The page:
Try to set the night on fire!
Slash and burn agriculture is in season here in Madagascar. So far several national parks have been partially burned as well as reserves. This says nothing for the thousands of hectares of private land and farm land that is also burned every year. In the South East (as well as most of Madagascar) this has led to a reduction in the number of trees (combined with good ol' deforestation) and increased savannah. While many adult trees can survive this type of burning, saplings are usually laid waste and thus the next generation of trees never forms. A few plants like ravinala (The Traveller's Palm) end up thriving and become a valuable source of materials since the forests are depleted, if not eliminated entirely.
As I have been travelling lately, these burned areas, as well as fires in progress, seem to be of no particular concern to locals. It's "fire season", not because of any natural fires but rather due to purposefully set fires in hopes of renewing the land for the next year. Having grown up in Southern California the most common fire I saw was a wildfire and this idea scares me. The parks that have burned have been due to out of control fires, largely due to the ignorance of those setting the fires. To stop the fires, everyone must go out and defend their home with whatever they can use to beat back the flames. In many cases this can go on for hours to defend a single community. Since there are no handy fire hydrants nor trucks, nor firefighters for that matter, it is every man for himself. Having walked the perimeter of one of the local fires (using a GPS to measure the size) I am tired of seeing the damage. We'll see about fire education soon.
Travels with French guys:
Imagine trying to go South in a 4x4, the back of the truck entirely filled with people. Next imagine your suprise when 3 young French men also climb in back. Next picture being stuck in an unusual situation where only one of them knows English well, all of your highschool French has blended with Malagasy, and they don't speak a word of Malagasy. To top everything off, the driver will lie about the travel time, leave you in the middle of nowhere, and a group effort of 3 languages is the only way to get out. Essentially everything came in 3's this past week. 3 days, 3 French friends, 3 languages. All in all we kept eachother safe and eventually made it out of a cellphone black hole.
Since my travels happened to coincide with a communications test, everyone was aware how out of cell service I was. Everyone I had been in around before or going towards had recieved numerous contacts from PC staff each day. Thanks for all the concern, but it had me freaked out when I got 15 texts and numerous missed calls when I could finally turn on my phone.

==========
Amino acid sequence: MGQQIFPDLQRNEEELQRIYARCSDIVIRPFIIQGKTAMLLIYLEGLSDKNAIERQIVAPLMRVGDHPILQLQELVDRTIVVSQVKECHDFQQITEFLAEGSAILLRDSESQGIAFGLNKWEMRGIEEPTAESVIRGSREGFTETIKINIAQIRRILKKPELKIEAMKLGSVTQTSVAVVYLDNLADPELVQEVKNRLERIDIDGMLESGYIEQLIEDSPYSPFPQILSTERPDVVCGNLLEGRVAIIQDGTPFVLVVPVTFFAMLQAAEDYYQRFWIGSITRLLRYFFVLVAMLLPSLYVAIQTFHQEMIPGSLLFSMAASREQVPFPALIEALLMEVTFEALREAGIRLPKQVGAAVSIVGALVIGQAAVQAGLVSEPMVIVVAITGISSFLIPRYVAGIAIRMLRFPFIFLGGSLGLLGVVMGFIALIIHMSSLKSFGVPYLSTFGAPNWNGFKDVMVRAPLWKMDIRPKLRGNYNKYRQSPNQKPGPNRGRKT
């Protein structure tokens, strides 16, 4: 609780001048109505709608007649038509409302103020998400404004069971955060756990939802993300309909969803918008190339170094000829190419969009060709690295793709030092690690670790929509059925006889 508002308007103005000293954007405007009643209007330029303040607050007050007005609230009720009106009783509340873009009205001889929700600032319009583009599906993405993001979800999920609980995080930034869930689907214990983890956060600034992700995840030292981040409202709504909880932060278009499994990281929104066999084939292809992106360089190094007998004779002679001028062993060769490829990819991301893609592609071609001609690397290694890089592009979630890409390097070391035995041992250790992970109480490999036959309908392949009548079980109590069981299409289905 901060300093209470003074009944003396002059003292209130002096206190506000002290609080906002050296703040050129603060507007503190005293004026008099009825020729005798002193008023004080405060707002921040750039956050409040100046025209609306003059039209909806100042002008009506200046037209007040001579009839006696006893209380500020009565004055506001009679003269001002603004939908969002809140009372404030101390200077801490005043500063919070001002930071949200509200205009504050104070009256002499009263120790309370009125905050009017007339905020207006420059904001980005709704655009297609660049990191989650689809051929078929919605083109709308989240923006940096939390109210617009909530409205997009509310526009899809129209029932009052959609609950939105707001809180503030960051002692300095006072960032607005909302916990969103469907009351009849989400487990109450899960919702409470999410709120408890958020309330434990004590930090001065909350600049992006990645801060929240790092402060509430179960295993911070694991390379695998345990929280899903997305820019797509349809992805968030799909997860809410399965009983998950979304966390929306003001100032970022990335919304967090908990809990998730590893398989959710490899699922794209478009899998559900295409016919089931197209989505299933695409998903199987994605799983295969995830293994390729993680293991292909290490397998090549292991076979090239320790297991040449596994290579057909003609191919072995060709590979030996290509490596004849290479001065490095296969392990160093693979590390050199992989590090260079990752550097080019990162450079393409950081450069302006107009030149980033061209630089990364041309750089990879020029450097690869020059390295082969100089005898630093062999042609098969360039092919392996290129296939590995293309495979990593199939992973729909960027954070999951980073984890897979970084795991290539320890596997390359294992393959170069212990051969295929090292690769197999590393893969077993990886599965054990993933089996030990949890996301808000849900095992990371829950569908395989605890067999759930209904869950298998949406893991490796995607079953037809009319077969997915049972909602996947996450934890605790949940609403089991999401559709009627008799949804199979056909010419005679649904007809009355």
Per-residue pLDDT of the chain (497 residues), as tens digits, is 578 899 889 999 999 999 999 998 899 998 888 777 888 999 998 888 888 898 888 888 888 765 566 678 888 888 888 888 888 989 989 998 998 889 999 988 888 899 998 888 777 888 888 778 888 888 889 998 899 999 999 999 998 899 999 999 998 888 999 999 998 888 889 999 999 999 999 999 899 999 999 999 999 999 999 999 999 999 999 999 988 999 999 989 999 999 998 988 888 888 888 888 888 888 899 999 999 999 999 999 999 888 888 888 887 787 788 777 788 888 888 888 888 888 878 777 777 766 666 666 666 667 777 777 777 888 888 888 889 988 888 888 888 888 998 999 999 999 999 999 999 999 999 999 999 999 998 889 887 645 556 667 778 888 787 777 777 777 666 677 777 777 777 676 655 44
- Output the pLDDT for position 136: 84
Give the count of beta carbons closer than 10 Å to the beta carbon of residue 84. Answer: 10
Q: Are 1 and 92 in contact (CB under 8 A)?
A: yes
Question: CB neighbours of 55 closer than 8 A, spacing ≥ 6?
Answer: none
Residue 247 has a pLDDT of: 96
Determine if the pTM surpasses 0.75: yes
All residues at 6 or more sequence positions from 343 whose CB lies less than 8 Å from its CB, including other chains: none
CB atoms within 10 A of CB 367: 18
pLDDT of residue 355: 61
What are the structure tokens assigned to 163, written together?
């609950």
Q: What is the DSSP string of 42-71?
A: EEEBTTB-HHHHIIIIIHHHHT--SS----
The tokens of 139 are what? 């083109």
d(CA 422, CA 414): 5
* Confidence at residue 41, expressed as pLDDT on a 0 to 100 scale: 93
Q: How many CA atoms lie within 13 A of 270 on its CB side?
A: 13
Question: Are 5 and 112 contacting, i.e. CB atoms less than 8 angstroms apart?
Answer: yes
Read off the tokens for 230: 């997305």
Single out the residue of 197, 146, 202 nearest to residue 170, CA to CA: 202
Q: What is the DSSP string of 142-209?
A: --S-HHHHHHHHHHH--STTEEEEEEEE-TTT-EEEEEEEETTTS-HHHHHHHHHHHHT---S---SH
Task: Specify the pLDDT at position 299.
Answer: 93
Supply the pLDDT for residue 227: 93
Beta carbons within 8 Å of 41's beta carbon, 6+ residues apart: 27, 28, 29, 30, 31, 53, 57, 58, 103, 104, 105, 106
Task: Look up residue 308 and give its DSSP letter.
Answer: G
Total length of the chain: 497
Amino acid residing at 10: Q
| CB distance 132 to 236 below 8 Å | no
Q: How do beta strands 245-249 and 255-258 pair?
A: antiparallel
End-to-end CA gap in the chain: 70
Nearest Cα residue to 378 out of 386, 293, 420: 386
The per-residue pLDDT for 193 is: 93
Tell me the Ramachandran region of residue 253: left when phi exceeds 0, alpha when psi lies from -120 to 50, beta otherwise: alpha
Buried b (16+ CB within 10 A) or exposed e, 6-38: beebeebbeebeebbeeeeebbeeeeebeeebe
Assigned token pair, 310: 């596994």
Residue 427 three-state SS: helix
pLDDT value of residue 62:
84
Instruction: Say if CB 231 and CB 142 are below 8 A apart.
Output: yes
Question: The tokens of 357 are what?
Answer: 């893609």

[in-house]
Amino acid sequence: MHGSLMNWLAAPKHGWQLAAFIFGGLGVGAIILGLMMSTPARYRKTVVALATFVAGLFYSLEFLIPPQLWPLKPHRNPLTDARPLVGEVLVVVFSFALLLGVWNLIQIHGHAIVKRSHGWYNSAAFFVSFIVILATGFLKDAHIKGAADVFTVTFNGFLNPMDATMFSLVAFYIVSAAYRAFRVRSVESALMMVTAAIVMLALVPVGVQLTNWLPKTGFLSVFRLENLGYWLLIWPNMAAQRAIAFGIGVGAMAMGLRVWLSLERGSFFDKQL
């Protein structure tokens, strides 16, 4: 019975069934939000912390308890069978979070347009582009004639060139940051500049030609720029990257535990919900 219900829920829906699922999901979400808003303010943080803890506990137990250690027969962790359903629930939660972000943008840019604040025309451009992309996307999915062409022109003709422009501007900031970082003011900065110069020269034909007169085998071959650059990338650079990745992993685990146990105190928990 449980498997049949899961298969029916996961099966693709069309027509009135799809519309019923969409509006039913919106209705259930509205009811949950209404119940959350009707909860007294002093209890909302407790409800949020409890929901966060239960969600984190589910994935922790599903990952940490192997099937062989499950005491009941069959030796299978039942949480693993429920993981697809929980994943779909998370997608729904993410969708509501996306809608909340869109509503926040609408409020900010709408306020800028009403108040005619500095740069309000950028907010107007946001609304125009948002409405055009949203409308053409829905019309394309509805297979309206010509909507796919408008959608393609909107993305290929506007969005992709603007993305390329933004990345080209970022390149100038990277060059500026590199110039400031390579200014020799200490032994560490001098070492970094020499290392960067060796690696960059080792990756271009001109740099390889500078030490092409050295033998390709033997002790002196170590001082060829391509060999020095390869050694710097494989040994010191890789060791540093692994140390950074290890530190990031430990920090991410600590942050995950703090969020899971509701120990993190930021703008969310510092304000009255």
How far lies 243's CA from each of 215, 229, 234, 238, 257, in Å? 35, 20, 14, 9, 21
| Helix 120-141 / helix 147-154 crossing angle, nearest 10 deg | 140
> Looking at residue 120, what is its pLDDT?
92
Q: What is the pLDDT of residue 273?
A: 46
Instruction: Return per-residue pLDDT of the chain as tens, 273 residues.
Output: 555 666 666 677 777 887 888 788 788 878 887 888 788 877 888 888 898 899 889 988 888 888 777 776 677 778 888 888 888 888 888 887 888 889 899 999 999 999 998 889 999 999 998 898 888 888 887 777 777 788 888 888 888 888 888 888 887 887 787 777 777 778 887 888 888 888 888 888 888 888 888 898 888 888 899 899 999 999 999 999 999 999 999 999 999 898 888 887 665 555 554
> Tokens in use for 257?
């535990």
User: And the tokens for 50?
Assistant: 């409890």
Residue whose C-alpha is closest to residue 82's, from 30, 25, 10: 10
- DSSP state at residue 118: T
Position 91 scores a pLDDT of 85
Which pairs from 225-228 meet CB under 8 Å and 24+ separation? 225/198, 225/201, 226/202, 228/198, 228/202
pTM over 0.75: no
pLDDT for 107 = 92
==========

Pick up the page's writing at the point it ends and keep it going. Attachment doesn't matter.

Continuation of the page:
Wholly hotness! I forgot what dry heat felt like for a bit. The kind where you cant work for 4-6hours midday unless you want heat exhaustion. And even then, laying down in the shade, sweating, you still feel exhausted. I did manage to dig a garden with Tatum as well as learn to better transplant Moringa. We walked out to a section of spiny forest (exciting to any botany nerds out there) and experienced first hand the Madagascar hissing cockroaches (this led to some confusion as they sound like a short gas leak or a fart). I also saw a civet, lizards, and two tortoises. I ate my first habobo, which is some form of old milk, on sweet potato with honey and was amazed by the deliciousness. They also produce peanut butter in the South and I was lucky enough (aka: thank you Paul) to aquire some in the whirlwind of my departure.
Travels with Malagasy people:
The return trip from visiting Tatum's site and very briefly seeing part of the South was undoubtably just as interesting as the ride there. After staying at a fellow PCV's house and trying to figure out ride arrangements for the next day, a man arrives at the house to ask if I wanted to go, right now, in a 4x4. Since my other options were less appealing than a WHOLE seat (I am used to squeezing in many many people) I packed up and jumped in. They even gave me a seat with a belt! About 3 hours into the trip something is wrong...the metal rod that connects the wheels to the steering system had fallen off! They rig it with ropes and we are able to get about one kilometer per fix. After hours of this we eventually arrive at a small town and are able to look for a mechanic. This takes a day to fix as the mechanic does not have the correct parts. When the driver finally returns with the part fixed, his eyes hurt. He apparently did the welding himself, without any protective glasses. He is rendered unable to drive until the next morning. We eventually get to Ihosy where the driver announces that the repair cost so much that he can no longer afford gasoline. This leads to a several hour hunt and my eventual return to civilization.